The Gagnon Lab

My group develops new methods to deploy diagnostics at the micro-scale. The central focus of our research is microfluidic and electrokinetic engineering, where we develop fundamental understanding for how to design microfluidic surfaces, interfaces, and structures that interact with electric fields and hydrodynamic forces to produce desirable phenomena for a wide variety of biomedical applications.

Some of our current research interests include:

Interfacial Electrokinetics

We are use AC electrokinetics as a platform for label-free biosensing. The ability to detect biomolecular targets without labels is important in clinical diagnostics, drug discovery, environmental monitoring, and biomedical research

Cellular Dielectrophoresis

We are always interested in using microfluidics and electrokinetics to solve novel and impactful problems. Currently, we are focusing part of our research efforts to help eliminate cheating in endurance sports. Using the electrokinetic method, dielectrophoresis we are developing assays to detect if athletes undergo illegal blood transfusions.


We are interested in understanding how to perform complex automated fluidic and sample handling tasks. Our current work focuses on developing microscale free flow electrophoresis (FFE) and isotachophoreis (ITP) tools for on-chip sample preparation for NASA.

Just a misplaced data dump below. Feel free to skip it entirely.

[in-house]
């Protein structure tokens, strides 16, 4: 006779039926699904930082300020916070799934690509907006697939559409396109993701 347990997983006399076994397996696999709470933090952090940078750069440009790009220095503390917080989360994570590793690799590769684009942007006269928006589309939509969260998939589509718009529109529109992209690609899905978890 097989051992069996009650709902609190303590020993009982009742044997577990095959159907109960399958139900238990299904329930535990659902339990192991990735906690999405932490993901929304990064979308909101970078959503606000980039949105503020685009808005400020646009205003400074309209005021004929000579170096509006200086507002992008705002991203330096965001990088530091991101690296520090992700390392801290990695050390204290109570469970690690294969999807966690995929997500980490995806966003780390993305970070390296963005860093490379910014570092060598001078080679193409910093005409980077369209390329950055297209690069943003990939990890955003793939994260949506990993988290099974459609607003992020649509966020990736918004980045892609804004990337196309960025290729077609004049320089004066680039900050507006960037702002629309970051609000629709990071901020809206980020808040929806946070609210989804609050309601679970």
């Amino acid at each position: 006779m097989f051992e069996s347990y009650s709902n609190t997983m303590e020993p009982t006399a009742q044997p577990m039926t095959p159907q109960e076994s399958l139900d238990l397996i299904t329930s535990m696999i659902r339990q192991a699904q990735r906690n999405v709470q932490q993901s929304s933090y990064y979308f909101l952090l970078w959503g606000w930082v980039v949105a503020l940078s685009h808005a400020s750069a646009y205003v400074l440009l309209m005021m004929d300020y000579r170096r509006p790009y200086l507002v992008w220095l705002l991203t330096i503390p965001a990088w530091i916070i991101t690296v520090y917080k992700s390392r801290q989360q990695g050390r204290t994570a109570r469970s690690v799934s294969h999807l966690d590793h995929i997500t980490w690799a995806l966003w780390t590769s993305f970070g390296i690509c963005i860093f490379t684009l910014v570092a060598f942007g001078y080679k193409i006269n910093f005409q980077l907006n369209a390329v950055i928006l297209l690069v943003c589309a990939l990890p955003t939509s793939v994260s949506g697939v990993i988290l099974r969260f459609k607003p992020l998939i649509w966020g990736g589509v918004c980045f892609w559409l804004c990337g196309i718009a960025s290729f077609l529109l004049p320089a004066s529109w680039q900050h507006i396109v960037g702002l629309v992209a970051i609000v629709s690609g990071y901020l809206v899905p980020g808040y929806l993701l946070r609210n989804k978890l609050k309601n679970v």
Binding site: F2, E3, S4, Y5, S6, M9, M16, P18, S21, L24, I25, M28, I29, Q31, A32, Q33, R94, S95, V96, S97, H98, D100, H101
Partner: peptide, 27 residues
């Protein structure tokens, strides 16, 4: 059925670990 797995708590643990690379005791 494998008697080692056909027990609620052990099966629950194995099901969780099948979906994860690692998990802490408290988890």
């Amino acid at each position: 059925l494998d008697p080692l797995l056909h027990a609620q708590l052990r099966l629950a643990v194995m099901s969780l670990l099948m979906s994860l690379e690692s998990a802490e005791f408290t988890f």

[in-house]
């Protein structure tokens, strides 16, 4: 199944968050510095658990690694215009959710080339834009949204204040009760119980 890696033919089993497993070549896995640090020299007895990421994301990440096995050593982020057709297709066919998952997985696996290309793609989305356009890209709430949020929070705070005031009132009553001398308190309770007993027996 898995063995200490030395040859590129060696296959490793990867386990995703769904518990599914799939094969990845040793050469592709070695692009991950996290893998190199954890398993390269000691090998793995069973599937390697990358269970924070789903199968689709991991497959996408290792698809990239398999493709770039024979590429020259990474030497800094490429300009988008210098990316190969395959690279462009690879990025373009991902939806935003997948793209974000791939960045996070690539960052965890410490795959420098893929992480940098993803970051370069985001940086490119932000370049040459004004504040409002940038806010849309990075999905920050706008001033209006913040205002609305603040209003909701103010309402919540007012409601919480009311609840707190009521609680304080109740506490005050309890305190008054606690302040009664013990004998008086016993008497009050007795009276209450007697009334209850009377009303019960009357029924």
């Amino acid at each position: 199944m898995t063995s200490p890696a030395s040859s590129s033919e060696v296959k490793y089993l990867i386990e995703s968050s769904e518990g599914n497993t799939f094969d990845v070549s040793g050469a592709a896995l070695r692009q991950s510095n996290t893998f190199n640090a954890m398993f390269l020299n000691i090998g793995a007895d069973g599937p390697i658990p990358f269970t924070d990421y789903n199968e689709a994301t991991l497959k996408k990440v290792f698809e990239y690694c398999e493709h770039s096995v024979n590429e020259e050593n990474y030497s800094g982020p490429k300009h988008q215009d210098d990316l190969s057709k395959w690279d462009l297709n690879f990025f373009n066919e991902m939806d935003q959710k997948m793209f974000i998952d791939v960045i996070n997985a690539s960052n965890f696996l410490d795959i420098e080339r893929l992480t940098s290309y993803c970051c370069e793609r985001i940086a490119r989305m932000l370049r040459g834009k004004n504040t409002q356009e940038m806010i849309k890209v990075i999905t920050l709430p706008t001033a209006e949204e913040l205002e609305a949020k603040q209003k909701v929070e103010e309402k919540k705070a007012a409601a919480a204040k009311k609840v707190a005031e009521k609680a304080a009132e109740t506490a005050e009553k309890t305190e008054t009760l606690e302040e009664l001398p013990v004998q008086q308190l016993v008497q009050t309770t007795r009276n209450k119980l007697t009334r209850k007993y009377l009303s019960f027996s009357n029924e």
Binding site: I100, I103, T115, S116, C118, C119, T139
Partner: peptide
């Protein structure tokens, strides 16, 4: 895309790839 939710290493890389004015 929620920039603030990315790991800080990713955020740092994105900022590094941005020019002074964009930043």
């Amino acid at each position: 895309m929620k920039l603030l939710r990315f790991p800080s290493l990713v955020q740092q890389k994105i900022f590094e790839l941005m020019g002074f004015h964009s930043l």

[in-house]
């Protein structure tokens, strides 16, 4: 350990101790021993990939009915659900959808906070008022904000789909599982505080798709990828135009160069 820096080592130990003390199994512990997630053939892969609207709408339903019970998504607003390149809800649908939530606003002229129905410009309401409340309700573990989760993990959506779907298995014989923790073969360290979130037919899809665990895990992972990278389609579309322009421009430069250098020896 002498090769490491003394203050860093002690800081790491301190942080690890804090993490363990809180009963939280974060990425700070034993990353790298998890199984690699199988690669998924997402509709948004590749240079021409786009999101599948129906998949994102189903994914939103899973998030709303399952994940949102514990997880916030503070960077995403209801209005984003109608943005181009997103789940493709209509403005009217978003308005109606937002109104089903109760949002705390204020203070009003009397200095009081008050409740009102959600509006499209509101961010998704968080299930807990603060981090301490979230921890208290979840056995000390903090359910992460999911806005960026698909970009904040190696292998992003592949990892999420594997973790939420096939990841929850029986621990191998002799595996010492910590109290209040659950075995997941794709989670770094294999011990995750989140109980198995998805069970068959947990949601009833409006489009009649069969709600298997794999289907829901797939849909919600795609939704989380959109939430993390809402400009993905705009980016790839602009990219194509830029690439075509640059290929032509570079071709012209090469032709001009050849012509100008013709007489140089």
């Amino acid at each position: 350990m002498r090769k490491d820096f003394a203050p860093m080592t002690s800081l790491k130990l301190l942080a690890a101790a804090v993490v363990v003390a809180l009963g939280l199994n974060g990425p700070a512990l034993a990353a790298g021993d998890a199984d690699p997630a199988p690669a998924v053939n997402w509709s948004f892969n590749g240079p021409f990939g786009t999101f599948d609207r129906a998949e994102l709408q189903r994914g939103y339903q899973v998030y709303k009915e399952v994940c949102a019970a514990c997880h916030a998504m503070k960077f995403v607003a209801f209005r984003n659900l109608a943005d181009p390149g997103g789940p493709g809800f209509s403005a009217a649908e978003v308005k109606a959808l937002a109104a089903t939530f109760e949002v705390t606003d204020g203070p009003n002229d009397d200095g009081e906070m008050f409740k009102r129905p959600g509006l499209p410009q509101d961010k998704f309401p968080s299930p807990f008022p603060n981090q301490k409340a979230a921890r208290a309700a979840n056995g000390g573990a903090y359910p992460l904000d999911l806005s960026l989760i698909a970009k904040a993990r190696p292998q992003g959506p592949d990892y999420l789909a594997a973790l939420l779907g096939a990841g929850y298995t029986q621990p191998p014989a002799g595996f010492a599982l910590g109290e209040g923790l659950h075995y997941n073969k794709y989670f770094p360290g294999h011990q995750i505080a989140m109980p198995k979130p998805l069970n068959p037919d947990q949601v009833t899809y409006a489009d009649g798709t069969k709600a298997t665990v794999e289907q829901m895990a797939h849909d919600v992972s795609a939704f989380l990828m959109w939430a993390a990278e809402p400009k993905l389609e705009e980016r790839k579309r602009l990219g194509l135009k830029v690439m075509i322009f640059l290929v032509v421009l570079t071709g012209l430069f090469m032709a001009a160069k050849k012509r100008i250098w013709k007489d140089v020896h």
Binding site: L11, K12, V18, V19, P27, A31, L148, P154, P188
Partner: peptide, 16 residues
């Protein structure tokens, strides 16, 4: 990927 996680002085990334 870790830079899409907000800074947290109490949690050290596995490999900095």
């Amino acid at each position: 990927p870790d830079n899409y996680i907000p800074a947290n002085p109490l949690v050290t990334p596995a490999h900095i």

About the PI: Zachary Gagnon


  • Ph.D. 2009

    Ph.D. in Chemical and Biomolecular Engineering

    University of Notre Dame

  • M.S. 2005

    M.S. in Chemical and Biomolecular Engineering

    Stanford University Graduate School of Business

  • B.S. 2003

    B.S. in Chemical Engineering

    University of Massachusetts, Amherst


  • PresentMay 2018

    Associate Professor

    Texas A&M University, Department of Chemical Engineering

  • May 2018July 2011

    Assistant Professor

    Johns Hopkins University, Department of Chemical and Biomolecular Engineering

    Recent Awards

    • October 2017
      NASA Early Career Faculty Award
      The goal of this project is to develop molecular pre-concentration, separation, extraction and amplification devices for proteins and nucleic acids for use in NASA flight missions.
    • January 2014
      NSF CAREER Award, Nanobiosensing
      The objective of this project is to develop low-cost electrokinetic biosensors.